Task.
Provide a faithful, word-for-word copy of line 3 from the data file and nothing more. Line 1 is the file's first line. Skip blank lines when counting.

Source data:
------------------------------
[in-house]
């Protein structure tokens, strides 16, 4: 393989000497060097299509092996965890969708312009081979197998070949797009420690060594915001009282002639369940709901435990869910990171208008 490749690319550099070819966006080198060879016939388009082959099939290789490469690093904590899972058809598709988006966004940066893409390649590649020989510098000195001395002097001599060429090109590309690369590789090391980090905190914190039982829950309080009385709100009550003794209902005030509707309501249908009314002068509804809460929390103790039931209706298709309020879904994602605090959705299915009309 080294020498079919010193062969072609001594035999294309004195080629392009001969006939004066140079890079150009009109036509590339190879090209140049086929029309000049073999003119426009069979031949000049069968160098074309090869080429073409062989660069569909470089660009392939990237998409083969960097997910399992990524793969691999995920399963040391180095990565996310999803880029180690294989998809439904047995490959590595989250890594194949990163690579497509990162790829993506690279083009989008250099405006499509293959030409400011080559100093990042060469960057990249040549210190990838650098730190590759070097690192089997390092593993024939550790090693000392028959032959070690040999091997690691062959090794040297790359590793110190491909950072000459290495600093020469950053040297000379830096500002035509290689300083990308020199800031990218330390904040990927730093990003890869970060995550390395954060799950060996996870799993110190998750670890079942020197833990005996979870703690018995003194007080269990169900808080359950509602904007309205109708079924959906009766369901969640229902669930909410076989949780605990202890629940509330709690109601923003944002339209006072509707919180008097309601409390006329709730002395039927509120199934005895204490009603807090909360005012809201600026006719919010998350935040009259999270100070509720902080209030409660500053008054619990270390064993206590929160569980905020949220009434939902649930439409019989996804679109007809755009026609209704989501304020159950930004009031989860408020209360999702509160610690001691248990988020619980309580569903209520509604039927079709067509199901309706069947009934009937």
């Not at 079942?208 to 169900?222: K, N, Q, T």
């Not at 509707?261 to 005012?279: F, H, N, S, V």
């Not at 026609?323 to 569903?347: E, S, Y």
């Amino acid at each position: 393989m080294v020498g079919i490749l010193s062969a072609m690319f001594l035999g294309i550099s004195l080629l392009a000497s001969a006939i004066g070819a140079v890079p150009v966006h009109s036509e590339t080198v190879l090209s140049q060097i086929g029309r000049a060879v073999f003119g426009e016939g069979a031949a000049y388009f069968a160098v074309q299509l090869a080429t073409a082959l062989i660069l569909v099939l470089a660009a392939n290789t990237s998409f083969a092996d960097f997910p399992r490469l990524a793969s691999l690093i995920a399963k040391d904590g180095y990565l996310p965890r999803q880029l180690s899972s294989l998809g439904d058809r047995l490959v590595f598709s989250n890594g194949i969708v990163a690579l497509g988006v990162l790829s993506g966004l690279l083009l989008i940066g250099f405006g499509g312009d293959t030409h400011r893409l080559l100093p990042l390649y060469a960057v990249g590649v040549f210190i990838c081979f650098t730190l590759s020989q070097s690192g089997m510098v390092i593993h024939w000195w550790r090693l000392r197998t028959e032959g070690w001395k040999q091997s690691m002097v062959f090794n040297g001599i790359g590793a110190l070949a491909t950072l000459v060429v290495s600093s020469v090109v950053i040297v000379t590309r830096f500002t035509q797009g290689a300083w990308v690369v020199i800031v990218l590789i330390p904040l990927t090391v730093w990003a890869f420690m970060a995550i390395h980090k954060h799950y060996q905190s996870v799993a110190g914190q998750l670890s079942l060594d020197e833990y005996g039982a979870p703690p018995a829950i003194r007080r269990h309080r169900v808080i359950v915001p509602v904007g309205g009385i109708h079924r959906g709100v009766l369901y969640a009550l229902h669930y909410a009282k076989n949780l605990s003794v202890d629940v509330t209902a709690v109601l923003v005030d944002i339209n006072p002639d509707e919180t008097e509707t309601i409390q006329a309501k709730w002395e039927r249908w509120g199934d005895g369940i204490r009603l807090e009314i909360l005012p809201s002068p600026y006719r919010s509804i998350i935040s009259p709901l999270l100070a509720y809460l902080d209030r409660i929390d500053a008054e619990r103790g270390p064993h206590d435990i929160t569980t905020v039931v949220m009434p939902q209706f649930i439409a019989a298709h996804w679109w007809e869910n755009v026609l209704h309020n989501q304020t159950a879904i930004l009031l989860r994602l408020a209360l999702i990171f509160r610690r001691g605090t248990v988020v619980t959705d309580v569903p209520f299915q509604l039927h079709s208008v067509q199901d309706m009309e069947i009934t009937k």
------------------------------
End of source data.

């Not at 079942?208 to 169900?222: K, N, Q, T």